When taking a psychedelic drug, people often say they find extraordinary meaning and significance in mundane objects. This quality makes the drug LSD an eligible subject of study when trying to discover what parts of the brain are responsible for the activation of certain emotions and feelings.

Research involving LSD and other types of hallucinogenic drugs have been ignored for the past 30 or 40 years due to fear from the general public, but people are finally coming around to the idea.

A recent study published by the University of Zurich tested how the drug affected people’s ability to create meaning. They found that specific neurochemicals and receptors are responsible for this feeling of meaning. With this knowledge, researchers can better understand what triggers parts of the brain to start or seize function.

In the experiment, participants were given either LSD, a placebo or LSD with a drug called ketanserin, which blocks the ability of LSD to act on 5-HT2A serotonin receptors. After the drug had kicked in, songs that were previously meaningless to the participants took on a new, special meaning. This didn’t occur nearly as much with the participants who took ketanserin along with LSD.

Of course, the patients in these experiments were all supervised by psychologists and psychiatrists in order to ensure no one would experience a “bad trip” or a wave of panic.

PSUC professor of biological science Donald Slish said this is an exciting field of research, and he’s glad the public is coming around to it. Slish said the use of LSD on patients with “wrong patterns” in the brain can help “reset” the brain in order to start fresh. Having psychiatrists present ensure the patient is properly reoriented after the trip. This type of therapy has been used for various disorders, according to Slish.

“It’s been used in addiction, obsessive compulsion disorder, depression, a lot of different things have to do with wrong thought patterns in the brain,” Slish said.

Although experiments including LSD have been occurring for only about five years, this kind of research has helped professionals discover what can make a better anti-depression and anti-anxiety medication.

Since everyone has different pathways of thought in their brain, you sometimes “get stuck in a rut and you go back and forth between your thoughts and these negative feelings about yourself,” according to Slish.

The use of psilocybin, a naturally occurring psychedelic compound found in mushrooms, could be helpful in reworking certain parts of the brain to reactivate feelings of meaning.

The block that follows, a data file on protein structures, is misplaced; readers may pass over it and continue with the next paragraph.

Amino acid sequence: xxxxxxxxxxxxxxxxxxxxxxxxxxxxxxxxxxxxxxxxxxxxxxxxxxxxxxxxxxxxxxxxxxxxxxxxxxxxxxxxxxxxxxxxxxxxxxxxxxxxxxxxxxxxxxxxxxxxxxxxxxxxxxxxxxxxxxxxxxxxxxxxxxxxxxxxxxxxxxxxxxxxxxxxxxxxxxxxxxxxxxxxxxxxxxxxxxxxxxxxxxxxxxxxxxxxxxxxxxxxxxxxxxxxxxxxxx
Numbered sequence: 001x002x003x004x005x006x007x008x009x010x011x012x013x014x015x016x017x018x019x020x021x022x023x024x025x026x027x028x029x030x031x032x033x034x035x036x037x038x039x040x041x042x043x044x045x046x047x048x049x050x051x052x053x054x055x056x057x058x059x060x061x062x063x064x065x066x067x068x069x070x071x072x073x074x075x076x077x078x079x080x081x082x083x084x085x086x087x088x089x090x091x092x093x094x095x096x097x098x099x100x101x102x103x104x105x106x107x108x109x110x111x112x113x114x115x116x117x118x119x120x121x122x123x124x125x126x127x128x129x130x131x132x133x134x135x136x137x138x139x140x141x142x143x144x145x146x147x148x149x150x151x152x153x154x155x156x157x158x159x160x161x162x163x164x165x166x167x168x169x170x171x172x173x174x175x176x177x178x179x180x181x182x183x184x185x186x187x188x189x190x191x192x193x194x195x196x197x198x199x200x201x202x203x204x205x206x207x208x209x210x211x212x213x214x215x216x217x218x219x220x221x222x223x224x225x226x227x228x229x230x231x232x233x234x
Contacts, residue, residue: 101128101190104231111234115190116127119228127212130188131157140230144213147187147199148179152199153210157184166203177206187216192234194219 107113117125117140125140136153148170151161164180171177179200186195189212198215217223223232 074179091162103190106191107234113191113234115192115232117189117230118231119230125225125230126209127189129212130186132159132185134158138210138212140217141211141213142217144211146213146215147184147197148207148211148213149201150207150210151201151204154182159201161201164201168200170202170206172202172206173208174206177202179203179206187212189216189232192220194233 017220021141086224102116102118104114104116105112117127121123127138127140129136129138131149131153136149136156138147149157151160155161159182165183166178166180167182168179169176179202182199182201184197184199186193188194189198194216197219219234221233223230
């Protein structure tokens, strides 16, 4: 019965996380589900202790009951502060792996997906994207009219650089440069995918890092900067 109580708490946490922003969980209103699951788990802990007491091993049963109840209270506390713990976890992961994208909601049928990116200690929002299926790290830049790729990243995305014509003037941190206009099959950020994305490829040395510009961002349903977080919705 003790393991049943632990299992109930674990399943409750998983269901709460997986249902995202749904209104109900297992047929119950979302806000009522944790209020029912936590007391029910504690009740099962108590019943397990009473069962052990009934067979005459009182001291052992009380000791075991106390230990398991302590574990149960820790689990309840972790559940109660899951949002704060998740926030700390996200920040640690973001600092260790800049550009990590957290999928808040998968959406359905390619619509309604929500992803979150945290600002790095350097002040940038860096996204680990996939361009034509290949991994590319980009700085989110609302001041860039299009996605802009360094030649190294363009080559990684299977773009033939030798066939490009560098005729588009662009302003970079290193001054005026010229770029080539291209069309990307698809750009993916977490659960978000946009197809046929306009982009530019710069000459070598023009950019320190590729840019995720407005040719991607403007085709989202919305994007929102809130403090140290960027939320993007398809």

Jennifer Bremser, PSUC assistant professor of psychology, said the use of psilocybin is very safe in this kind of research. This compound could potentially be used to produce an anti-depressant or anti-anxiety effect in people who have experienced a life threatening illness as well.

Bremser said she believes our brains are “uncomfortable with uncertainty” and this produces a feeling of dread. She explained that existential dread is when we recognize our own mortality and begin to contemplate things such as death and pain. This can lead to feelings of depression, anxiety or paranoia. Terror management theory is the idea that giving meaning to one’s life gets rid of this dread and negative feelings.

Ways to combat existential dread could be adopting different ideologies or cultural beliefs, according to Bremser.

“I think the potential clinical or therapeutic effects of psychedelic drugs are the most interesting,” Bremser said.

Learning more about how these drugs affect the brain creates a better understanding of what mechanisms in the brain cause depression and anxiety in the first place.

The recreational use of LSD to treat certain psychiatric disorders could be as short as five to 10 years away if these experiments continue to provide new information about the brain.
“It’s not at the point now where everyone should be doing this,” Slish said. “They’re still learning a lot about it.”

Email Laura Schmidt at opinions@cardinalpointsonline.com

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<a href="https://cardinalpointsonline.com/byline/laura-schmidt/" rel="tag">Laura Schmidt</a>